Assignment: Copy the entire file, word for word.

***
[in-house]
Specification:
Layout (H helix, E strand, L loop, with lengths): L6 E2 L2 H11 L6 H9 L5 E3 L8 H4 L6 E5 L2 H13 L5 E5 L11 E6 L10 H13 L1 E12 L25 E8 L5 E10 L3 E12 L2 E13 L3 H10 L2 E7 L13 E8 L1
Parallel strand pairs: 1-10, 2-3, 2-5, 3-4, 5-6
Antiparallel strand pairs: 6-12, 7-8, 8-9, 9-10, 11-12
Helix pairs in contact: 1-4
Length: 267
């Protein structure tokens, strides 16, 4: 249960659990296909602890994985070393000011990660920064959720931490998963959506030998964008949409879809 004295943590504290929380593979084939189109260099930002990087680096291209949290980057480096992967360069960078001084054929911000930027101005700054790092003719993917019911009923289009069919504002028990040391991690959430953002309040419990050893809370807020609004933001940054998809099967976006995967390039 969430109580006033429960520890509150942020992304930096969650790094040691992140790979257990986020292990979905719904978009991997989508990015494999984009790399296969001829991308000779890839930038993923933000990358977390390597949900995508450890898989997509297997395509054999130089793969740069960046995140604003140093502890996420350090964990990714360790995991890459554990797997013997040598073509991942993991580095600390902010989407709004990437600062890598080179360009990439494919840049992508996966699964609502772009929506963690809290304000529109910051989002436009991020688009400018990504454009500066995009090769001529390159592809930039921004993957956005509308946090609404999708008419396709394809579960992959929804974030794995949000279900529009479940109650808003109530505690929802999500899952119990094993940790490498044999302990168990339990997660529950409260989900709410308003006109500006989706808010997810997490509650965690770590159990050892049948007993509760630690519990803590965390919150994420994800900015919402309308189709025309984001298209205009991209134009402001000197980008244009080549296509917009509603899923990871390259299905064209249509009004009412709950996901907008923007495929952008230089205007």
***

[in-house]
Specification:
Layout (H helix, E strand, L loop, with lengths): L6 E2 L2 H11 L6 H9 L5 E3 L8 H4 L6 E5 L2 H13 L5 E5 L11 E6 L10 H13 L1 E12 L25 E8 L5 E10 L3 E12 L2 E13 L3 H10 L2 E7 L13 E8 L1
Parallel strand pairs: 1-10, 2-3, 2-5, 3-4, 5-6
Antiparallel strand pairs: 6-12, 7-8, 8-9, 9-10, 11-12
Helix pairs in contact: 1-4
Length: 267
């Protein structure tokens, strides 16, 4: 249960659990296909602890994985070393000011990660920064959720931490998963959506030998964008949409879809 004295943590504290929380593979084939189109260099930002990087680096291209949290980057480096992967360069960078001084054929911000930027101005700054790092003719993917019911009923289009069919504002028990040391991690959430953002309040419990050893809370807020609004933001940054998809099967976006995967390039 969430109580006033429960520890509150942020992304930096969650790094040691992140790979257990986020292990979905719904978009991997989508990015494999984009790399296969001829991308000779890839930038993923933000990358977390390597949900995508450890898989997509297997395509054999130089793969740069960046995140604003140093502890996420350090964990990714360790995991890459554990797997013997040598073509991942993991580095600390902010989407709004990437600062890598080179360009990439494919840049992508996966699964609502772009929506963690809290304000529109910051989002436009991020688009400018990504454009500066995009090769001529390159592809930039921004993957956005509308946090609404999708008419396709394809579960992959929804974030794995949000279900529009479940109650808003109530505690929802999500899952119990094993940790490498044999302990168990339990997660529950409260989900709410308003006109500006989706808010997810997490509650965690770590159990050892049948007993509760630690519990803590965390919150994420994800900015919402309308189709025309984001298209205009991209134009402001000197980008244009080549296509917009509603899923990871390259299905064209249509009004009412709950996901907008923007495929952008230089205007």